A decline in world exports and falling U.S. sales abroad means less demand for dollars to finance transactions, he said, arguing that in the big picture, “dollar atmospherics” are unclear. More questions than answers surround President Donald Trump’s pending impeachment trial, deepening conflict with Iraq and other factors on the U.S. dollar.

“Our best guess is for a directionless dollar early on as the various storylines sort themselves out,” Weinberg said. “The drop in world trade seemingly is not over. That points to downside risks for the greenback.”

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Pandemic opens doors to switch jobs in Japan, but pay not rising much



The  Covid-19 pandemic has unexpectedly helped Japan’s nursing homes and  Information Technology companies overcome years of labour shortages, as job cuts at restaurants and hotels have prompted workers to look for new careers.

This newfound job mobility marks a shift in a country whose rigid labour practices are partially blamed for a long term decline in productivity.

But it is too soon to say whether the change will ultimately lead to higher wages, which are desperately needed to revive demand and growth in an economy that is still struggling to break free from decades of deflation.

For now, the job-hoppers tend to trade one low-paying career for another.

Toshiki Kurimata, who used to make 2.8 million yen ($25,000) a year as a masseur, quit after 12 years as the pandemic caused a sharp drop in customers. Now he works at a nursing care centre and is taking classes to become a registered caregiver.

With that qualification, he expects to earn around 3.3 million yen – an increase of about 18%. The even bigger attraction, he says, is job stability.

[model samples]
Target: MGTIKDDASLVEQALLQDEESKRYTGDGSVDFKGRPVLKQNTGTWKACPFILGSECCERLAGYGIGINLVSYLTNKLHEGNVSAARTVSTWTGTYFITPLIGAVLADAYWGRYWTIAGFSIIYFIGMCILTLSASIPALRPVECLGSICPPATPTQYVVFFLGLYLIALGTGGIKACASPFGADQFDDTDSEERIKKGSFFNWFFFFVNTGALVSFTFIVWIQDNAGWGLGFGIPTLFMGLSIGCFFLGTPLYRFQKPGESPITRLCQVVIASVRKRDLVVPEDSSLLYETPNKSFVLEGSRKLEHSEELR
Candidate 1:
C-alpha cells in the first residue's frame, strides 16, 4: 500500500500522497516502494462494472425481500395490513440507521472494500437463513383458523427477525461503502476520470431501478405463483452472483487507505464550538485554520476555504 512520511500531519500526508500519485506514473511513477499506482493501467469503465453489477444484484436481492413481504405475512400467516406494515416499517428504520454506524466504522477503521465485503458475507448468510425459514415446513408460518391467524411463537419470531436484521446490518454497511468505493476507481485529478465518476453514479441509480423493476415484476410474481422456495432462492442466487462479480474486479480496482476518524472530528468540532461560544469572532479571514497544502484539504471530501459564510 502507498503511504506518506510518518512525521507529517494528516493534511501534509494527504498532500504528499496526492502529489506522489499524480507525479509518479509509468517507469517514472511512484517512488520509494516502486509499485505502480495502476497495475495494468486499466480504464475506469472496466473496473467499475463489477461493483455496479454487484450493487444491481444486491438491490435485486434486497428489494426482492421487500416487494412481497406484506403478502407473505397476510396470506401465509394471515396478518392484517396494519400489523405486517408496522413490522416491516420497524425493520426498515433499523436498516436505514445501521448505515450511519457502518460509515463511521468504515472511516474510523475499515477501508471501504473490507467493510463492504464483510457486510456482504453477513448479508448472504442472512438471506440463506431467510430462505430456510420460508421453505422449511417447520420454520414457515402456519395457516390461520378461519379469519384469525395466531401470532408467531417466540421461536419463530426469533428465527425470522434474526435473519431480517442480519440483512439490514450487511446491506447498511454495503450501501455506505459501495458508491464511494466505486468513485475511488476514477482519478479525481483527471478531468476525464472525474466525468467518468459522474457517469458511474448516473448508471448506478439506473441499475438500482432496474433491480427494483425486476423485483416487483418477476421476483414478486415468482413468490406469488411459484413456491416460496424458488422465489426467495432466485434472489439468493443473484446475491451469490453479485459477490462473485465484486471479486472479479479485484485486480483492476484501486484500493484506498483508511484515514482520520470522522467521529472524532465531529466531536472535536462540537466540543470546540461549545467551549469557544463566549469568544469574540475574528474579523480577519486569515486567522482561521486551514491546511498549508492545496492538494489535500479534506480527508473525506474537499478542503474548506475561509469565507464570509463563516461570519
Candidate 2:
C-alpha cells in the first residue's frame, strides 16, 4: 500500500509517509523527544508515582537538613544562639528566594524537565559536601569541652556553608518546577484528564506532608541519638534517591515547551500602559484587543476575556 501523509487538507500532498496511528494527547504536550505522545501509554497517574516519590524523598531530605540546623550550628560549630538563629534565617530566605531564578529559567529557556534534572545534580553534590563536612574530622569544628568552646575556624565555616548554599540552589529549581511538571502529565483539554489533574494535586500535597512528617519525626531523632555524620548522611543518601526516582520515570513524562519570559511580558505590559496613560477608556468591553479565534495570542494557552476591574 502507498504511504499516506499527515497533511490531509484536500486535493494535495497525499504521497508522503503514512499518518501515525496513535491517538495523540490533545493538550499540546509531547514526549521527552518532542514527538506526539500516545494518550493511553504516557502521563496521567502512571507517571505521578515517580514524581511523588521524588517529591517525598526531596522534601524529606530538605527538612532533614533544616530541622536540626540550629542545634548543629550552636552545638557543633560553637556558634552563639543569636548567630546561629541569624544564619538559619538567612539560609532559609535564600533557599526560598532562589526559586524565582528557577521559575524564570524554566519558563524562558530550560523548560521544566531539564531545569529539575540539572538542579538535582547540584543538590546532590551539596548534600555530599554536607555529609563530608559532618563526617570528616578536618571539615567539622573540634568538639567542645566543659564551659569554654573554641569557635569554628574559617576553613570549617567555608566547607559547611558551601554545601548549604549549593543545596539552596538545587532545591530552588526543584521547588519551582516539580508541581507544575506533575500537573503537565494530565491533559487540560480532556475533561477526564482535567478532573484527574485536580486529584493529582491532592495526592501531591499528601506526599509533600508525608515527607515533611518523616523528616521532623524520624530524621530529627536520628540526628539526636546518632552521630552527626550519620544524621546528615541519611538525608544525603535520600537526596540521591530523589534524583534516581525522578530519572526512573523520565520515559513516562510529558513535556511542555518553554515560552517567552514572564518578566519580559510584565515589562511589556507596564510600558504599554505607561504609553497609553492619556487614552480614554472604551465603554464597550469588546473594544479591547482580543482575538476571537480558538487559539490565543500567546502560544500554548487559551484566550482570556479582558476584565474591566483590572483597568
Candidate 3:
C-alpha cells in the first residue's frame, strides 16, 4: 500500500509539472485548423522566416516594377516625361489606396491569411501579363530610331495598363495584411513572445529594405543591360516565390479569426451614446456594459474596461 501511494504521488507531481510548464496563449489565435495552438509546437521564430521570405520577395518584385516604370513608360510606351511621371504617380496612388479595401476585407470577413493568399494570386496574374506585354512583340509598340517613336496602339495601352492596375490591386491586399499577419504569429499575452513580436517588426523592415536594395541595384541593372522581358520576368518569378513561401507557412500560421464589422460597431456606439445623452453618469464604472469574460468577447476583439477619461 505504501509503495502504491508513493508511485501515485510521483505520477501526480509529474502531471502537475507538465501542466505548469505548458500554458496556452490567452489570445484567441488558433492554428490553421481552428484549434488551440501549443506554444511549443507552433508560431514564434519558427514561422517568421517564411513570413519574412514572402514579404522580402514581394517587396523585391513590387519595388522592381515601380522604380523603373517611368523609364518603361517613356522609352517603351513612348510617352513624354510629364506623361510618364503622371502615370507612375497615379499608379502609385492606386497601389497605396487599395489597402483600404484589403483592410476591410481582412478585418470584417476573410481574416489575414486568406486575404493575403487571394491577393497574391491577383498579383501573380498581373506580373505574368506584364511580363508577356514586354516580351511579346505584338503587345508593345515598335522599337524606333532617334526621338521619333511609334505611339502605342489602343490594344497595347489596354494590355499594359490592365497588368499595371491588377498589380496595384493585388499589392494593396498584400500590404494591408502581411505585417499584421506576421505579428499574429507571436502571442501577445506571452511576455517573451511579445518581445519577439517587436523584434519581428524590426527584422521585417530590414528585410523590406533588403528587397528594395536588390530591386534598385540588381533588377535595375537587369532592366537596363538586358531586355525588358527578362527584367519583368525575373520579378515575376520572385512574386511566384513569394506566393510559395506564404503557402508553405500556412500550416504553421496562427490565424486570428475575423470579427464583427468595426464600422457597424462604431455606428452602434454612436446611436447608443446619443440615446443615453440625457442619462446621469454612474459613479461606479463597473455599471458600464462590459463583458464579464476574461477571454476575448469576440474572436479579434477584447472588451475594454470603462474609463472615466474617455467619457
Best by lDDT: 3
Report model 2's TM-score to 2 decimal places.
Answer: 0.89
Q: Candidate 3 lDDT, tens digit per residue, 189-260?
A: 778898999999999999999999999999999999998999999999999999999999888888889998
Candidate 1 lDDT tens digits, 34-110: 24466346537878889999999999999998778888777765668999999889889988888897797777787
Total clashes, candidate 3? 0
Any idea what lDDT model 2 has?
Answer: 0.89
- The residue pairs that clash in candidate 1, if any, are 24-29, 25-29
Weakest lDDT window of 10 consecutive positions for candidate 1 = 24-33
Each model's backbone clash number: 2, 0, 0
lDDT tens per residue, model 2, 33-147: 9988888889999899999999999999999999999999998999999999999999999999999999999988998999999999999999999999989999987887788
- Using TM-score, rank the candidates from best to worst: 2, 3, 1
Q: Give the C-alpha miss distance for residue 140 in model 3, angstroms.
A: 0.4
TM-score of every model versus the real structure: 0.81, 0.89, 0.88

“I like working in nursing care and it’s stable,” Kurimata said. “There aren’t age limits on the work and you can find work even if, like me, you are inexperienced.”

Experts aren’t sure whether the job-switching will remain limited to certain industries or become a broader trend.

It is also uncertain whether job switching will continue once the pandemic dies down, although anecdotal evidence suggests people will keep leaving food-service jobs for nursing and IT.

Japan expects to have a shortage of 690,000 care workers by 2040, a tough gap to fill given the rapidly ageing population.


OECD data put Japan’s hourly labour productivity at $47.9, making it about 60% of the United States’ level, the worst among the Group of Seven (G7) advanced economies, and 21st

among the 37 OECD members as of 2019.

And the prospect of people being stuck in low income jobs poses a big challenge for Japan’s new Prime Minister Fumio Kishida, who has pledged to bring more wealth to households via higher wages.

“COVID-19 fallouts are pushing low-paid workers into even harder situations with little, or no, increase in pay,” said Hisashi Yamada, senior economist at Japan Research Institute.

Hospitality businesses have laid off workers, with the number of employees falling to 3.9 million in 2020 from the prior year’s 4.2 million, labour ministry data shows.

By contrast, the medical and health industry saw employees hitting 8.6 million, up 200,000 from 2019. The IT sector hired 2.4 million employees, up 100,000 from 2019.


Vocational training schools have benefited.

SAMURAI, which offers IT training, had 1.7 times more students enrolled as of April 2021 compared with a year earlier, as employees retrenched during the pandemic rushed to retrain.

Most IT jobs on offer for inexperienced workers are for programmers, on the lowest rung of the IT ladder, but they generally still pay more than can be earned in hospitality.

The average annual salary for employees at restaurants and nursing homes amounts to roughly 3 million yen, 30% less than an average Japanese workers’ salary, government data shows. IT programmers earn close to the national average.

“I saw how popular the IT sector was and thought I may land a stable job,” said Koki Shimizu, a 22-year-student at SAMURAI who lost his job as a chef and now is learning to program.

At Crie, which offers training in nursing care, classes that were only two-thirds full before the pandemic are now packed out.

The company’s head Takayuki Nakayama expects the uptrend to continue given steady job offers in the nursing care industry.